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Juvenile Crime and Punishment
Steven D. Levitt
Journal of Political Economy
Vol. 106, No. 6 (December 1998), pp. 1156-1185
Published by: The University of Chicago Press
Stable URL: http://www.jstor.org/stable/10.1086/250043
Page Count: 30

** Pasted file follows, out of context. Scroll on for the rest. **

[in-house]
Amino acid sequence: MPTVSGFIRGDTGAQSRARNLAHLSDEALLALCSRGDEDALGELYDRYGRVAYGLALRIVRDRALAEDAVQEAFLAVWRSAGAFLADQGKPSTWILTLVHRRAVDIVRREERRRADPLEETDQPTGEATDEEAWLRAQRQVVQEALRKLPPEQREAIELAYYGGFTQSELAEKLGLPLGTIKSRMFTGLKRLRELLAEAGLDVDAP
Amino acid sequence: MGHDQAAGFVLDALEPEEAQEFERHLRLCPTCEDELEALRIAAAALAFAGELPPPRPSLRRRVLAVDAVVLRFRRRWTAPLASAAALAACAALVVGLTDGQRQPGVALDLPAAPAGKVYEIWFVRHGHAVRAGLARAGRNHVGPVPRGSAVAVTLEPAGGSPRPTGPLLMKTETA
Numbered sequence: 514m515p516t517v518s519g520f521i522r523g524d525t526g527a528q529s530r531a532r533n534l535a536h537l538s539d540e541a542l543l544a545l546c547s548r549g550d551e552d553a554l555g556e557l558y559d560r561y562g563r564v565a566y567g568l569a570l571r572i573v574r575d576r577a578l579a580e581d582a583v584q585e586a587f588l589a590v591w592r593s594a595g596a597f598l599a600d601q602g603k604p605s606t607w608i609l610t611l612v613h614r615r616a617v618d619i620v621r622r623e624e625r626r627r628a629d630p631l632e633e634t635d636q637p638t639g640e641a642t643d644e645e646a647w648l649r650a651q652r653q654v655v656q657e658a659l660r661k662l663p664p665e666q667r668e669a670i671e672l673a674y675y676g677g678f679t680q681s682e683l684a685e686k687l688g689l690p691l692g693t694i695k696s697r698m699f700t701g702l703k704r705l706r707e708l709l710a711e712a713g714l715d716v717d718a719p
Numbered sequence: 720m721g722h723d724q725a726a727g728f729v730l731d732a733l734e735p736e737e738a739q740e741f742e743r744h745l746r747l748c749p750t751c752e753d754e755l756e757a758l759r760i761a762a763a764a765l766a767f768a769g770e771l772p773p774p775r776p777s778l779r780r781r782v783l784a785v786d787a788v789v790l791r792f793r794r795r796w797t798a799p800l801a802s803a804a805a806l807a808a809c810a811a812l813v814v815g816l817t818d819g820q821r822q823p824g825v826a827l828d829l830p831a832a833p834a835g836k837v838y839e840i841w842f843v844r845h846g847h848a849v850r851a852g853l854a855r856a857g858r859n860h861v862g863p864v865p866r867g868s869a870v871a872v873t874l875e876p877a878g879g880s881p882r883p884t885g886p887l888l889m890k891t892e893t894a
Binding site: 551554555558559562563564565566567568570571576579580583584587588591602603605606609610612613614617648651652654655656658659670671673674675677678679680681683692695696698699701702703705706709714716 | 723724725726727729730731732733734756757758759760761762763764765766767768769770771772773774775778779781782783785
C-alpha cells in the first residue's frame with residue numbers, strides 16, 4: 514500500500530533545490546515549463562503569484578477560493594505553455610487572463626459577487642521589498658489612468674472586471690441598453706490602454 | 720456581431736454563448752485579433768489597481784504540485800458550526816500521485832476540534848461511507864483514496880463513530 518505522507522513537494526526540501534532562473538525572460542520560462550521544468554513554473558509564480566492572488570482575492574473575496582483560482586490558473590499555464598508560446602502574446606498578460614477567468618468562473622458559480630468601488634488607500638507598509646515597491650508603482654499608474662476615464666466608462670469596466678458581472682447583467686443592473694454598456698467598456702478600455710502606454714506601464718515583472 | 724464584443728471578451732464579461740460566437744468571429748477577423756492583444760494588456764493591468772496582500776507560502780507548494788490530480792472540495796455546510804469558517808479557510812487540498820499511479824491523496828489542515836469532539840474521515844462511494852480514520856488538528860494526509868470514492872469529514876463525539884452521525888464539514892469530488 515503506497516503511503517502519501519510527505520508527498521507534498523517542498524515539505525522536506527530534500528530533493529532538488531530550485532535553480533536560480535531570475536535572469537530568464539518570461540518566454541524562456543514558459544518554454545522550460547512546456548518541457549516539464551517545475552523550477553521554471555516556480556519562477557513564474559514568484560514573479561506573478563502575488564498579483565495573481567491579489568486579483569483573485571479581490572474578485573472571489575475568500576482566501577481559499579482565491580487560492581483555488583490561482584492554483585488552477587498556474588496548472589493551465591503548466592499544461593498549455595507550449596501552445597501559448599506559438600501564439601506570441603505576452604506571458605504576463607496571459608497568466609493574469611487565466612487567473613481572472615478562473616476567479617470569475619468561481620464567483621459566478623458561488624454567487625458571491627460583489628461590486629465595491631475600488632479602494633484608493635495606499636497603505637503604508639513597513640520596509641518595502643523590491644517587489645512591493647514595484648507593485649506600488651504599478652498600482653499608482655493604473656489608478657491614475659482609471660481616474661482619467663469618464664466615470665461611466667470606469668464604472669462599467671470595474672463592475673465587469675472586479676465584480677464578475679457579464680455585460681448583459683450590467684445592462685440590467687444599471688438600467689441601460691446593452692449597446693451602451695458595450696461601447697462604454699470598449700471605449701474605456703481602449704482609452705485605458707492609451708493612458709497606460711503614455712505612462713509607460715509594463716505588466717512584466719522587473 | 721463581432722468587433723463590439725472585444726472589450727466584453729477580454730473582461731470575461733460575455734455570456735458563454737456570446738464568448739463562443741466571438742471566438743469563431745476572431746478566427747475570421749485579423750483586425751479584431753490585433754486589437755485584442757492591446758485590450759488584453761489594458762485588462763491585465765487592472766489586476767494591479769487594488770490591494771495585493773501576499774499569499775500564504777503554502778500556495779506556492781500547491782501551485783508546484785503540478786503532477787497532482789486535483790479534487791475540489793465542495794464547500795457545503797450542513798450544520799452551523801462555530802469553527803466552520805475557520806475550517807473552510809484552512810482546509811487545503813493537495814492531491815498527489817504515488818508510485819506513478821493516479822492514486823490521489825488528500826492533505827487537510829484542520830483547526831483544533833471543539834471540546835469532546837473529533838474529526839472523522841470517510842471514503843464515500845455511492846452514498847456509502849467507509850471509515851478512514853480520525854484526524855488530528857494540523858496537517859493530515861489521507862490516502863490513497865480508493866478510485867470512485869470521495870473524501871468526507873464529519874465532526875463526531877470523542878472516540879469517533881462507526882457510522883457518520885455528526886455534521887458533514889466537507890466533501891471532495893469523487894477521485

Over the last two decades Juvenile violent crime has grown almost twice as quickly as that of adults. This paper finds that changes in relative punishments can account for 60 percent of that differential. Juvenile offenders are at least as responsive to criminal sanctions as adults. Sharp drops in crime at the age of majority suggest that deferrence (and not merely incapacitation) plays an important role. There does not, however, appear to be a strong relationship between the punitiveness of the juvenile justice system that a cohort faces and the extent of criminal involvement for that cohort later in life.
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